Halloween is coming, and with it comes the ghosts of Lyle Carter’s (Jeff Bridges) past. Carter’s an highstakes horseracing tycoon who lives in a huge mansion and who’s married to a hottie named Rose (Sharon Stone). But it ain’t all good. His wife barely gets out of bed (Stone only gets on screen after an hour!), being too busy drinking and commiserating, while hubby talks on his cell phone and is always stressed out, not only by his job but by the menace dangling over his head. It seems that an old friend Vinnie (Nick Nolte), now a rugged, dirty boozehound, has evidence against him. So Carter flies from Kentucky to his native California to clear things out, but Vinnie screws him over and tables are turned. I could go on, but the plot won’t be less boring on paper than it is on screen! Basically, we learn that years ago, young Lyle, Vinnie and Rose took part in a big hustle involving horseracing scam and compromising pictures of a commissioner (Albert Finney). Oh, and there’s a nice Payless cashier (Catherine Keener) who’s thrown into all this for reasons that don’t hold the road. She’s little more than a good looking girl who listens to the big guys. And by the way, Simpatico’s a horse whose spunk is hot propriety.
This is one of these movies that I just can’t figure how the heck it ever got produced. I mean, have you ever heard of it? Didn’t think so, and I doubt it’ll have any success. It will probably spend two weeks in theaters, then head for video a month or two later, and you’ll be like, ey, a new Sharon Stone flick, I didn’t even know she made that… And that’s the most puzzling thing. I mean, Stone’s a big star, and so are fellow cast members Nolte, Bridges. They don’t need the money, why star in such a sub par film? Well, it’s not the worst movie of all times. It was adapted by British stage director Matthew Warchus from a Sam Shepard play, and it’s modestly interesting for a while. Unfortunately, I figured the little “mystery” there is to the story very fast, so it was quite tiresome to wait for the storytelling unfolds soooo slowly. I just lost interest after a while. It’s like, it keeps going for flashbacks of when the characters were young, but it’s pointless. If you’ve got half a brain, you can understand it all easily.
Maybe it’s the direction that’s to blame. The film never achieves to be involving or intriguing. Warchus pales in comparison to that other British stage director who made his debut in movies this year, “American Beauty”‘s Sam Mendes. “Simpatico”‘s a pretty lame picture, but it does benefit from great cinematography from Oscar-winner John Toll, who did brilliant work on “The Thin Red Line” last year. And, being a theater man, Warchus knows how to handle actors. Maybe that’s it. Nolte is always whining in interviews about how boring big ass Hollywood flicks are to act in. Well, if he prefers to star in dull films no one will ever see, more power to him! I’m all for wanting to star in smaller films, but this film has so little to offer! Yeah, Nolte’s good, and so’s His Dudeness Bridges. As for Keener, I can’t wait for her to become heavy enough in the business to just play in interesting films, instead of switching from daring (“Your Friends & Neighbors”, “Being John Malkovich”) to forgettable (“8mm”, and now “Simpatico”).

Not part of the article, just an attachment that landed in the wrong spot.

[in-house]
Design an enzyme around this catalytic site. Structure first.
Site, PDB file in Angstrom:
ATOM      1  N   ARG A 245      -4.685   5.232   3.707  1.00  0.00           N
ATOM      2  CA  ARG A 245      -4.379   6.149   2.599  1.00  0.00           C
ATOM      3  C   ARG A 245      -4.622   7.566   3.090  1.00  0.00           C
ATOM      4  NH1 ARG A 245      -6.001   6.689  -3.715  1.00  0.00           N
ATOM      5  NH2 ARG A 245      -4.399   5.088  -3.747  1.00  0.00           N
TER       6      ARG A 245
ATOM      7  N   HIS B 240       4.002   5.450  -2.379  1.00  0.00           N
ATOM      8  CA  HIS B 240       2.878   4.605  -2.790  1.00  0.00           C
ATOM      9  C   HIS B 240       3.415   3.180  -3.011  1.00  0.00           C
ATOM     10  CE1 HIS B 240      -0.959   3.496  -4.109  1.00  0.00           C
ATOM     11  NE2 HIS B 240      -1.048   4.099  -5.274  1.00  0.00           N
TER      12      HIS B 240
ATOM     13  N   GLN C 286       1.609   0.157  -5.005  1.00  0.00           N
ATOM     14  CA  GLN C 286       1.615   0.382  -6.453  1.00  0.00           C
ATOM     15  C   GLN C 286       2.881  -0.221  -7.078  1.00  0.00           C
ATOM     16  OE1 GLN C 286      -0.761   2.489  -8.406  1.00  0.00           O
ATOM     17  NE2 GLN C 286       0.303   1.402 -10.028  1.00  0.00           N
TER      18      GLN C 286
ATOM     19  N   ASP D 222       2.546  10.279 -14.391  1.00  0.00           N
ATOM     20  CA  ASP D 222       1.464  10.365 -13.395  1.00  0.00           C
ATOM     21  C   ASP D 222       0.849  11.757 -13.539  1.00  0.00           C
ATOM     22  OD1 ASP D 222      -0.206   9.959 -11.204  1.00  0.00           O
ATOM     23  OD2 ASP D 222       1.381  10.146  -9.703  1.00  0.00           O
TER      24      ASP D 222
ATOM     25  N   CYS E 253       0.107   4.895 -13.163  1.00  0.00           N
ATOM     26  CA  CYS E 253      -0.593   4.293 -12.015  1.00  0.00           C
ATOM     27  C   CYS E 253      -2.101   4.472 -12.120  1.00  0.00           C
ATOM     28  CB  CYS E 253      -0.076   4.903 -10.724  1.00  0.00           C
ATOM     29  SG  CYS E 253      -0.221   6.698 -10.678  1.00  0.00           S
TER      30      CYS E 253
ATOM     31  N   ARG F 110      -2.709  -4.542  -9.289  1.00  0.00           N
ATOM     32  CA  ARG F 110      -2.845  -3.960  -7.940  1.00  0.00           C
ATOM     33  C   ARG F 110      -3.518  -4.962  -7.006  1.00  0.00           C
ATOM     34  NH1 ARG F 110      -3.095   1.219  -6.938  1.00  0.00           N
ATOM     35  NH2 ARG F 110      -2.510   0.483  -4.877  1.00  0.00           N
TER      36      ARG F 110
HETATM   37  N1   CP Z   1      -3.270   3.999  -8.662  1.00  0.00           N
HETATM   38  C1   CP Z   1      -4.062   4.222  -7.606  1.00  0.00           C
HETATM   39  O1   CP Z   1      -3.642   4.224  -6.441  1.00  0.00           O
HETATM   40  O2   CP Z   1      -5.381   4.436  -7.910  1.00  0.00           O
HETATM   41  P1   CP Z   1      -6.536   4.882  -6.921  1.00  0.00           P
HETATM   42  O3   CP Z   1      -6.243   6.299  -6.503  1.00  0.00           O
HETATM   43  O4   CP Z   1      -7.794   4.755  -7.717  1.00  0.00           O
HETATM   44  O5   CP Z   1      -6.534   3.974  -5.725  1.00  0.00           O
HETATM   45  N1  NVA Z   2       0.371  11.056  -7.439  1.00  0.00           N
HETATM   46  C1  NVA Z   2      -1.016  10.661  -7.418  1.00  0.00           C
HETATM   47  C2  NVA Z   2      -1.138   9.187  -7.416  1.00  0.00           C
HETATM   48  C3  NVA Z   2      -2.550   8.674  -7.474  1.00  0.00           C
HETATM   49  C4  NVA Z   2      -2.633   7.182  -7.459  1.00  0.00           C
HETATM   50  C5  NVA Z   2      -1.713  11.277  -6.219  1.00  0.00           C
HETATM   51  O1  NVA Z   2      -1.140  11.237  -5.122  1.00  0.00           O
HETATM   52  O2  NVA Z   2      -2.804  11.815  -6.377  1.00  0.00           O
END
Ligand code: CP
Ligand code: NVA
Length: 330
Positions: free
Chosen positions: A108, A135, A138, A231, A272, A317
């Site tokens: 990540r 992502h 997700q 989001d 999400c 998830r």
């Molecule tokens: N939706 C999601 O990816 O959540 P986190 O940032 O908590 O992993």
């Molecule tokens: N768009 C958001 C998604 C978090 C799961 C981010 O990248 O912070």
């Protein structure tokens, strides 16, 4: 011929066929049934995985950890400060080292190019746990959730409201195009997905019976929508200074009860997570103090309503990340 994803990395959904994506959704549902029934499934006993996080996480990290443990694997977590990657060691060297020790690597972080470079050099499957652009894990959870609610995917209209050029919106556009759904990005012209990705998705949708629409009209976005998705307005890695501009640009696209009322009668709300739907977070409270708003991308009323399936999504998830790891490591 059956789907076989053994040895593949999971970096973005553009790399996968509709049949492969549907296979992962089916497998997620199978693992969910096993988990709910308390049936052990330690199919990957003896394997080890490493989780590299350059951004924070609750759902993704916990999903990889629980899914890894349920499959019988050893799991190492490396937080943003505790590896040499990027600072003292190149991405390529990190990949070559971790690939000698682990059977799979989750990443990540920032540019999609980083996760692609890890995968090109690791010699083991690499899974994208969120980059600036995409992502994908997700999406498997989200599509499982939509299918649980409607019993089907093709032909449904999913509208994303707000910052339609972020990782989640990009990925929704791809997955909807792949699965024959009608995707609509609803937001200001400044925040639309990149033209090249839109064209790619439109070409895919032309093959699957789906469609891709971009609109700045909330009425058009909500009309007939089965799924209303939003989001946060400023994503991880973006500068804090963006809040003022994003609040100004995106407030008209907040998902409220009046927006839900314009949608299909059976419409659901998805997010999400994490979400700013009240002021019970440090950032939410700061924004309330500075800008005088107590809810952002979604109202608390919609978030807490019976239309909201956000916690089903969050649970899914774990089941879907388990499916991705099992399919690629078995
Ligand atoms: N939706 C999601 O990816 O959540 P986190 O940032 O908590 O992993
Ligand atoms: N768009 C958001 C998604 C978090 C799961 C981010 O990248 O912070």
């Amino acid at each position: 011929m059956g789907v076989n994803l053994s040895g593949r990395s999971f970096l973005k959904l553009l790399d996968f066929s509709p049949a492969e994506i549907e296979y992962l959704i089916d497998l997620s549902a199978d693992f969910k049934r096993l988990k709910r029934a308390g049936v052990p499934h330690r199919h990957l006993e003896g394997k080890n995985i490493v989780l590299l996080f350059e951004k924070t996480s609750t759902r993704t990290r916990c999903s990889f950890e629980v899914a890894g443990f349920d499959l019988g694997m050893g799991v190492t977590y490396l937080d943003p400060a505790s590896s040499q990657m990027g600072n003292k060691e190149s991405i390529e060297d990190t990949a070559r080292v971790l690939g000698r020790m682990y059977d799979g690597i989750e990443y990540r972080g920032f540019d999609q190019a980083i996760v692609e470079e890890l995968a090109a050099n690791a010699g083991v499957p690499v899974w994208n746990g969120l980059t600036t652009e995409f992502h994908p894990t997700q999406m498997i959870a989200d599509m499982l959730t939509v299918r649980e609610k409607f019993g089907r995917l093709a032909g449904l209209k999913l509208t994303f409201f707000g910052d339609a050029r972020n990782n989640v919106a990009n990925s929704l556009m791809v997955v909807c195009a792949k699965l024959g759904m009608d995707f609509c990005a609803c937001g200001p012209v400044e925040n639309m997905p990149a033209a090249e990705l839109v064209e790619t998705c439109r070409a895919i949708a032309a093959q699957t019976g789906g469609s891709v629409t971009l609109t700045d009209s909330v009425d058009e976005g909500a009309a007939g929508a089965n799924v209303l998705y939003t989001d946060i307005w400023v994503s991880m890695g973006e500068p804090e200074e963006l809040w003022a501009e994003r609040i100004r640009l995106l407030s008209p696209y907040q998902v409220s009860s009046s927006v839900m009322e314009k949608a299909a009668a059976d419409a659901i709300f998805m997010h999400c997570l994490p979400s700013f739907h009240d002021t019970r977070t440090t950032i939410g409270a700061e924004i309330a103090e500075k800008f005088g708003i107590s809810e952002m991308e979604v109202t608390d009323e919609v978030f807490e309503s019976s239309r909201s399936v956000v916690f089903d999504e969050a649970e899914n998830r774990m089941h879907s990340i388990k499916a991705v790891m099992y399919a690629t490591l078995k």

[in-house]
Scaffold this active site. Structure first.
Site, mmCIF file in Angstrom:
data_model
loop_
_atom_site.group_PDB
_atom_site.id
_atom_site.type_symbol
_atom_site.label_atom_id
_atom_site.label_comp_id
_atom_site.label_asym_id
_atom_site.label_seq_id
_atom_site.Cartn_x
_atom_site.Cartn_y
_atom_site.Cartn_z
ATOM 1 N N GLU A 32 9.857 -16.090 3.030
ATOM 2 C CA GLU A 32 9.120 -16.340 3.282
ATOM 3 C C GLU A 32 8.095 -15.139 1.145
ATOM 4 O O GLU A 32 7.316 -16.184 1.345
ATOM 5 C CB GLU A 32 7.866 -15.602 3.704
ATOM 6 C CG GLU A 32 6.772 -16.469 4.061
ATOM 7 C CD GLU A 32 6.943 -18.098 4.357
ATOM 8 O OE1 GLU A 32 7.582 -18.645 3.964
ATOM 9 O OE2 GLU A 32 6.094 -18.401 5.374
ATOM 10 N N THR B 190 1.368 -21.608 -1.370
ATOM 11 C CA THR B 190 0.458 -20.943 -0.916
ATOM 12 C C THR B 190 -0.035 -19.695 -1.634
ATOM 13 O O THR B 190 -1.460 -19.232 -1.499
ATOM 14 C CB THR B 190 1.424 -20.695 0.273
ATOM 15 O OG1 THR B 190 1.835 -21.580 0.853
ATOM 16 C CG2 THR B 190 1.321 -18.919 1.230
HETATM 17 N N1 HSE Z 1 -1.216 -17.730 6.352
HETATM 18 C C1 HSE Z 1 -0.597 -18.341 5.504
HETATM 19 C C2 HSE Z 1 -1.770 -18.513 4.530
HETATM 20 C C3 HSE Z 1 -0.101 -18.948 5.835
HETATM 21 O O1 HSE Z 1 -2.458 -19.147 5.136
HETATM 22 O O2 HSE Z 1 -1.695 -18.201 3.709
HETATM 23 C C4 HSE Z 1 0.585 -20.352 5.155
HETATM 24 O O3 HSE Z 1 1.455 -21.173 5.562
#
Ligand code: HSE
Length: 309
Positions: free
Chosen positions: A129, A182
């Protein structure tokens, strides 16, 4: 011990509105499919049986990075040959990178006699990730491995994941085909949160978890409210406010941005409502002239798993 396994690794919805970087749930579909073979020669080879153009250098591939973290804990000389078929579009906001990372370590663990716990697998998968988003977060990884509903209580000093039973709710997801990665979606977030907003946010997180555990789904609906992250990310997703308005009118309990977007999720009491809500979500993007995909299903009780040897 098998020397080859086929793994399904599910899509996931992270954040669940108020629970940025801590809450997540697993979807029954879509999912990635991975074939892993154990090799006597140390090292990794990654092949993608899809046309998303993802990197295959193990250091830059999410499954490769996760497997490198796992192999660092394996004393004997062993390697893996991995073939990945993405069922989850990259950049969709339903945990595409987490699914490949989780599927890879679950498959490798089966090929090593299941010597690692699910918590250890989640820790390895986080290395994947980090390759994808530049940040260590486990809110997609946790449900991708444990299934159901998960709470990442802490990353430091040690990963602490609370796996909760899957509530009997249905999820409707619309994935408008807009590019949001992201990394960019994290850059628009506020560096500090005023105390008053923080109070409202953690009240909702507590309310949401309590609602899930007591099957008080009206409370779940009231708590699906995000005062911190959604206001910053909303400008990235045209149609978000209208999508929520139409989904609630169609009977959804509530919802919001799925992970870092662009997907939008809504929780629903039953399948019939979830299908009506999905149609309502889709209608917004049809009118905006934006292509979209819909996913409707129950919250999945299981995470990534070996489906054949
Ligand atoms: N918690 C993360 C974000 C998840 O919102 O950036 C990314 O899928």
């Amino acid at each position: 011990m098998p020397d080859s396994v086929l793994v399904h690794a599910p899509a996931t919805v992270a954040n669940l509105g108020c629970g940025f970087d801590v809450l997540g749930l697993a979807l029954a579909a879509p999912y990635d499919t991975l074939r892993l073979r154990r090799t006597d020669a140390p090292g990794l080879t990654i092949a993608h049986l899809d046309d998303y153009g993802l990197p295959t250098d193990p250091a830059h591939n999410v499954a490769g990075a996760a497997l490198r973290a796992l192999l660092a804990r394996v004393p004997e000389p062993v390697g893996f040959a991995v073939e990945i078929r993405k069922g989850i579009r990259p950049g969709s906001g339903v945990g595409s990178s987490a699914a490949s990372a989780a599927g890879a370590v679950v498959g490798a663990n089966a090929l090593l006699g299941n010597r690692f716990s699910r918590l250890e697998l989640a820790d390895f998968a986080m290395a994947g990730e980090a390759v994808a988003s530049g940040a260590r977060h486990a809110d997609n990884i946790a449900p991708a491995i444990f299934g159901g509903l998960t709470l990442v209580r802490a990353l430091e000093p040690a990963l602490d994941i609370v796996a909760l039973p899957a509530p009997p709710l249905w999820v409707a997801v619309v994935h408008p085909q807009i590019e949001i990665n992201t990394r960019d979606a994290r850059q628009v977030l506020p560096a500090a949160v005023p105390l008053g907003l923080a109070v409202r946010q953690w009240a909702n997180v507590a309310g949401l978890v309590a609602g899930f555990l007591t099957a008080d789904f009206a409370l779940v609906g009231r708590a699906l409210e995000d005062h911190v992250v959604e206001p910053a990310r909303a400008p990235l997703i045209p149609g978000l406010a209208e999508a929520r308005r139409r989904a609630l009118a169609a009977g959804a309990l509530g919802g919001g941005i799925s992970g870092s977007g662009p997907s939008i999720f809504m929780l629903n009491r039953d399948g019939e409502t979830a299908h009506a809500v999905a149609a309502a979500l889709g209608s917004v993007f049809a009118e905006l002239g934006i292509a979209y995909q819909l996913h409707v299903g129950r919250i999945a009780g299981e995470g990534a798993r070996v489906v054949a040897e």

So basically, here’s a movie well acted but nonetheless boring! Maybe it’s because Warchus is working in cinema for the first time. I’m not personally a big fan of theater, and that might be why “Simpatico” bored me. It’s barely a movie. It’s sort of a noirish thriller, as there are no good guys to root for. But there is very little depth or excitement. Just a blasé look at weak characters. The whole thing about the big score and the double-crossings aren’t original at all, but with a little zest, it could make for a fun B-movie à la “Wild Things”. Uh uhn. This is a movie straight as an arrow, without any chance of cracking a smile or having a little fun. This is like an Elmore Leonard story that falls totally flat. And who cares about horseracing anyway!